Dogs add something special for hunters chasing squirrels
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George Bossart is above all a dog man.
From the immaculate kennels in the back yard of his Acme home to the Laurel Highlands Coon Hunters hat on his head to the crates in the bed of his pickup to the rug on its passenger seat — it marks Suzie's spot when you're not around — he's all about dogs.
A couple of his canines are unusual, though, at least for this part of the world.
Suzie and Ginny, both treeing curs, are squirrel-hunting dogs.
“They use all three senses — sound, sight and smell,” Bossart said. “Any movement, they'll catch it, better than another dog. They can actually tree a squirrel by the sound of their claws running over bark. And if a squirrel's been on the ground, they'll smell it.”
At work, the dogs cruise the woods silently, sometimes moving so quickly it's hard to imagine them having a purpose.
But when they tree a squirrel, as they did four times in about three hours one day last week in the woods around Kecksburg, they “open up” — barking, howling, leaping and frenetically clambering as far up the tree as gravity and their nails allow — to alert Bossart that it's time to move in.
When he shoots the gray or fox squirrel they've cornered, they move in briefly as if to confirm everything their senses had told them, then take off after the next one.
“If it isn't fun for a dog, treeing, then you might as well forget it. But if they take to it, boy, they seem to live to do it,” Bossart said.
Hunting dogs with squirrels is something that took root long ago and lives on most strongly in the South.
“When you get down to Alabama, Tennessee, Kentucky, Louisiana, that's really the heart of squirrel hunting with dogs,” said Jim LaPratt of Gagetown, Mich., owner of the website Squirrel Dog Central.
“I think it started as a subsistence thing, when people were always worried about putting food on the table. It was a way a dog could sort of earn his keep, too.”
That's how Donald Moats, president of the World Tree Dog Association in Lisbon, Ohio, got started in the sport six-plus decades ago.
“Well, we did it for the meat. I was born in the mountains of West Virginia, and back then, it was pretty tough. If you didn't grow it or kill it, you didn't eat it,” Moats said.
“But I had a little dog that learned to hunt squirrels, and it went with me everywhere I went.”
That's not nearly so common here. Though squirrels are perhaps the most abundant game animal in the state — hunters kill in the neighborhood of 700,000 annually, and biologists say that's a fraction of the harvest the population could stand — fewer people are hunting them than ever, and fewer still are doing it with dogs.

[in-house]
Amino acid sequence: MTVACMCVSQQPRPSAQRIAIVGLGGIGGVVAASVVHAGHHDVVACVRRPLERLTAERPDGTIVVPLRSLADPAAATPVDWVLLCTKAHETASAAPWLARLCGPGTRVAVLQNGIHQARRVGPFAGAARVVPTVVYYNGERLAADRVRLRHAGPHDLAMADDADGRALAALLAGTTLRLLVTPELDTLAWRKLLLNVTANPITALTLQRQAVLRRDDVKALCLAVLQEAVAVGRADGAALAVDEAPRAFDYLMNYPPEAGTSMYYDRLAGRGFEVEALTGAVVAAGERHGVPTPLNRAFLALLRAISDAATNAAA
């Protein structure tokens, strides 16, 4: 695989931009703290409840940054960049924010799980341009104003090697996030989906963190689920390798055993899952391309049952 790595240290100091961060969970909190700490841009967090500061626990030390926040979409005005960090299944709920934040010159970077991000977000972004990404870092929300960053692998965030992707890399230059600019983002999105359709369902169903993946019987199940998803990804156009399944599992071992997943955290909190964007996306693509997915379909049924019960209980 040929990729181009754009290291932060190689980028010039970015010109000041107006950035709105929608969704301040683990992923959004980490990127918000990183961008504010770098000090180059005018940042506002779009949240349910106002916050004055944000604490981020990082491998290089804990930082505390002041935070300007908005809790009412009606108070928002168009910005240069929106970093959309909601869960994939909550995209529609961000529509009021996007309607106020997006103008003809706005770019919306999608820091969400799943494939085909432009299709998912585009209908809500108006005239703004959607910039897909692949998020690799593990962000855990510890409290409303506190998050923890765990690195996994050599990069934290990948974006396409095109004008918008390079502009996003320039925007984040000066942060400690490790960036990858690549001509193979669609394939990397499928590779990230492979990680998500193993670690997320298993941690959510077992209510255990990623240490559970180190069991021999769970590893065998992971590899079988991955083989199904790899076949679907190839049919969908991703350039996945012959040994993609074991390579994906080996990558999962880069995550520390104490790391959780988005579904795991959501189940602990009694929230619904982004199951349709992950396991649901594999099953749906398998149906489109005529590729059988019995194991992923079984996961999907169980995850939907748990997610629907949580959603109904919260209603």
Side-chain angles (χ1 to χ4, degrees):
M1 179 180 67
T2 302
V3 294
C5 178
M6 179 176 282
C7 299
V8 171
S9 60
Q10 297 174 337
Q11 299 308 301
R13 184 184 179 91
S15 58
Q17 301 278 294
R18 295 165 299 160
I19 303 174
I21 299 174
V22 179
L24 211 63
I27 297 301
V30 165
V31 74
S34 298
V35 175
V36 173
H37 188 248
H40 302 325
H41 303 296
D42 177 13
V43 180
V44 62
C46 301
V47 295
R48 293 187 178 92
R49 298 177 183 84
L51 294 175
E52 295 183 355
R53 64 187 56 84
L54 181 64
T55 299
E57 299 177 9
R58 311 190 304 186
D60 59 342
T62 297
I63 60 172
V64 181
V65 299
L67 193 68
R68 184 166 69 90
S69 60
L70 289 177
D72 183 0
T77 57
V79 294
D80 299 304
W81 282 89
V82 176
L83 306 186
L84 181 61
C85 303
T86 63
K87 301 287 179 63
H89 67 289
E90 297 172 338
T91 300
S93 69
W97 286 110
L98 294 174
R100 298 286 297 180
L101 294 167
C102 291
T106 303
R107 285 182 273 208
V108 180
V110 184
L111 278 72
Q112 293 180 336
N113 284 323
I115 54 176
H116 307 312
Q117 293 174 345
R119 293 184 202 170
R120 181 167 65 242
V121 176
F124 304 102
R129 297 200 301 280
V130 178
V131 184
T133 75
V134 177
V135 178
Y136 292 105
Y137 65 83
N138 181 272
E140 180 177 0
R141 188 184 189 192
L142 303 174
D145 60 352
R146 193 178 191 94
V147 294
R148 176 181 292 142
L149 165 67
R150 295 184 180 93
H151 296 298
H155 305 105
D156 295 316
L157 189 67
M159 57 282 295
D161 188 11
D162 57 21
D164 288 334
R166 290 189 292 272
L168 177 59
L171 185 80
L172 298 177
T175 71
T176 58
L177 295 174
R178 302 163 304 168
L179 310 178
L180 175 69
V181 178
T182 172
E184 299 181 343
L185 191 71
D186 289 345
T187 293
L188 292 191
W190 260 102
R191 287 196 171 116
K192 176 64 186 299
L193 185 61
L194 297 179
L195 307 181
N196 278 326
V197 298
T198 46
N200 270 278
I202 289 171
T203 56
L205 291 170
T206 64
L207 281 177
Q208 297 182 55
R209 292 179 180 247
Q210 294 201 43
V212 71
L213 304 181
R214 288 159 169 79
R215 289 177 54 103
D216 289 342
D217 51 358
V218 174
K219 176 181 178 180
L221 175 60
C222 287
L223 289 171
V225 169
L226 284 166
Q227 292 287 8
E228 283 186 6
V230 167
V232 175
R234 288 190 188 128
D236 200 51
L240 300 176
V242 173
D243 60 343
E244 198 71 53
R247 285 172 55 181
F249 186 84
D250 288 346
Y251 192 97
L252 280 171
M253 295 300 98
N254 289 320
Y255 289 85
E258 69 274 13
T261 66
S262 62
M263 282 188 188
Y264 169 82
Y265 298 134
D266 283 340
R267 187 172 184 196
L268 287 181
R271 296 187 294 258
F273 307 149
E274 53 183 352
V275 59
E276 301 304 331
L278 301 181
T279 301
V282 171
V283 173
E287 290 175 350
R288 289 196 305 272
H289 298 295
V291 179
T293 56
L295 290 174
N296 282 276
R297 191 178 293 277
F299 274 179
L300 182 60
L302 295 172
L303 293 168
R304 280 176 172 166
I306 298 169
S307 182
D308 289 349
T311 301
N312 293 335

They're missing out, LaPratt said.
“It's just a lot of fun, especially for kids,” he said. “Taking a kid squirrel hunting with a dog is the perfect thing because being absolutely quiet isn't so essential. You can walk through the woods and talk and still shoot some game.”
Most squirrel dogs are one of two varieties: curs or fiests. The best of them — like those crowned at the Tree Dog Association's world championship, held on the grounds of the Western PA Coon and Fox Hunters Association grounds in Parker on Saturday — are “five-digit dogs” in that they can be worth upwards of $10,000, LaPratt said.
Training them isn't necessarily hard, said Bossart, who has three champion squirrel dogs to his credit.
“The main thing, I think, is just to get them out where there are lots of squirrels. I think they best learn on their own,” he said.
Most curs and fiests will “tree anything that will go up a tree,” Moats added.
“The more you hunt them for whatever it is you're after, the more they seem to take to it,” he added.
How successful dogs can make a squirrel hunter can vary. There are times when they can provide almost nonstop action, LaPratt believes.
“A guy with a dog, he's going to go five or 10 to one, I would guess, on squirrels, compared to a guy without a dog. In a good woods, by the time you shoot one squirrel, skin it, and pack it up, your dogs are on another. You can pack up your limit in a hurry,” he said.
Even when things aren't that hot, a good dog — which can “hear a squirrel cutting a hickory nut 200 yards away” — makes for an efficient day in the woods, Moats said.
“They don't waste any of your steps. If you hear one barking, they've got a squirrel treed,” he said.
Bossart won't go so far as to say that hunting squirrels with dogs is dramatically more productive than hunting them without one. A hunter who finds a nice stand of hickories or oaks that has produced a bumper crop of nuts, and who can sit still and quiet, can certainly get his share, he said.
Dogs don't make squirrel hunting foolproof either, he said. On days when the squirrels just won't leave their dens or nests, not even a champion dog can track them down, he said.
But if he's hunting squirrels, you can bet there will be a dog involved.
“Most of the squirrel hunters I know who use dogs, they just like to see the dogs do well more than anything. They like to see the dogs work,” he said. “That's the really fun part.”
Bob Frye is a staff writer for Trib Total Media. Reach him at firstname.lastname@example.org or via Twitter @bobfryeoutdoors.
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